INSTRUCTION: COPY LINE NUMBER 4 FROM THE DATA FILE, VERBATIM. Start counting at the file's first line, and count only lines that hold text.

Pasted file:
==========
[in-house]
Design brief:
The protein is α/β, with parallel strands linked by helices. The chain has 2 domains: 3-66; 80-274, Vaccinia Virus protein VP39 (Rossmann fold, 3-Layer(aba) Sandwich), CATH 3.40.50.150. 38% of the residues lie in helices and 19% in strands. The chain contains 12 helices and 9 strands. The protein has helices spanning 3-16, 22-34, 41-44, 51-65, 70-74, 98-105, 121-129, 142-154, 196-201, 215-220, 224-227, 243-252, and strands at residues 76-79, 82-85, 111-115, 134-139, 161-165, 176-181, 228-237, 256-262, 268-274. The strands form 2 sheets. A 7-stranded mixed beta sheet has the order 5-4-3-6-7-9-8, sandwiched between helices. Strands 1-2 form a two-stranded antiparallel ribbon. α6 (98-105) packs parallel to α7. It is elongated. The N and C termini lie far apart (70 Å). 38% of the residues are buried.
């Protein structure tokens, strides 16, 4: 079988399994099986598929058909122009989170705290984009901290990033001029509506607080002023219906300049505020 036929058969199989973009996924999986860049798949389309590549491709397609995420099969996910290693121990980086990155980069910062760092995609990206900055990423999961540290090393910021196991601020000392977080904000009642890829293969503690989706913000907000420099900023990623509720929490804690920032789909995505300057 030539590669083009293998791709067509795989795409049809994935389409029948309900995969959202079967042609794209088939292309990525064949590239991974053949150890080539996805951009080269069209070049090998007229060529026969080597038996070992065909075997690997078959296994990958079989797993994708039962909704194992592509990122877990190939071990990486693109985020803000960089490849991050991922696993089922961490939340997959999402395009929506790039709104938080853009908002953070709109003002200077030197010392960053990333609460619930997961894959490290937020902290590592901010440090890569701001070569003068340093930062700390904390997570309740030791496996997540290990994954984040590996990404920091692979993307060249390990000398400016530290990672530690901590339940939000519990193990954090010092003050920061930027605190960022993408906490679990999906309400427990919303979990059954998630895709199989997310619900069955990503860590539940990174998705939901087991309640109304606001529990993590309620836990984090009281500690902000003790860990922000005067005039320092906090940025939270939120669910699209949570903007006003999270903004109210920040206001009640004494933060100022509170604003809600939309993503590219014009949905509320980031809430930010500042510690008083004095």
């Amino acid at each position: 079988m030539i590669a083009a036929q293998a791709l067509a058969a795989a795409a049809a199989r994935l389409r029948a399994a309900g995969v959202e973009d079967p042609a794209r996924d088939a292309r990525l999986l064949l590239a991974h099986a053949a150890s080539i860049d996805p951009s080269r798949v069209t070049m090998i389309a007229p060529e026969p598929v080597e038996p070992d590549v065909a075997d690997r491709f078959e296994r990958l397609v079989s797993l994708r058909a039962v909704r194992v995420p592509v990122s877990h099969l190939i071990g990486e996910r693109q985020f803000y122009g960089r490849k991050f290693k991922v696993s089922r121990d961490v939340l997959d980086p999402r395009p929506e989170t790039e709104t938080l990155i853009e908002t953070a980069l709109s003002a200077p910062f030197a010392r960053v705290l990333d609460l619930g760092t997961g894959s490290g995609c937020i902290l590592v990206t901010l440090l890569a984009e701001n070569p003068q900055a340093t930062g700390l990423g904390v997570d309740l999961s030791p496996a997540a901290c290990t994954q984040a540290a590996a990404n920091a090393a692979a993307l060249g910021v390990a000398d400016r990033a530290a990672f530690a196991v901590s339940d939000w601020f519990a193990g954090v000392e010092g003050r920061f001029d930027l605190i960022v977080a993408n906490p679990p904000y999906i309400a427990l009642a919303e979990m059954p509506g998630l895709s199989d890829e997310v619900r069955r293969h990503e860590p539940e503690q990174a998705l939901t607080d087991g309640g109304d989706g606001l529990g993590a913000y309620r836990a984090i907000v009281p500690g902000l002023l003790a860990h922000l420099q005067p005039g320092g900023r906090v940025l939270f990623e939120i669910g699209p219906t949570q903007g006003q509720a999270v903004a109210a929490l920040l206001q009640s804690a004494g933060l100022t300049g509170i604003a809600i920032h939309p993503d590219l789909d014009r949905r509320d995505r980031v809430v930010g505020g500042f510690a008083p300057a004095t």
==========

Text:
């Protein structure tokens, strides 16, 4: 079988399994099986598929058909122009989170705290984009901290990033001029509506607080002023219906300049505020 036929058969199989973009996924999986860049798949389309590549491709397609995420099969996910290693121990980086990155980069910062760092995609990206900055990423999961540290090393910021196991601020000392977080904000009642890829293969503690989706913000907000420099900023990623509720929490804690920032789909995505300057 030539590669083009293998791709067509795989795409049809994935389409029948309900995969959202079967042609794209088939292309990525064949590239991974053949150890080539996805951009080269069209070049090998007229060529026969080597038996070992065909075997690997078959296994990958079989797993994708039962909704194992592509990122877990190939071990990486693109985020803000960089490849991050991922696993089922961490939340997959999402395009929506790039709104938080853009908002953070709109003002200077030197010392960053990333609460619930997961894959490290937020902290590592901010440090890569701001070569003068340093930062700390904390997570309740030791496996997540290990994954984040590996990404920091692979993307060249390990000398400016530290990672530690901590339940939000519990193990954090010092003050920061930027605190960022993408906490679990999906309400427990919303979990059954998630895709199989997310619900069955990503860590539940990174998705939901087991309640109304606001529990993590309620836990984090009281500690902000003790860990922000005067005039320092906090940025939270939120669910699209949570903007006003999270903004109210920040206001009640004494933060100022509170604003809600939309993503590219014009949905509320980031809430930010500042510690008083004095």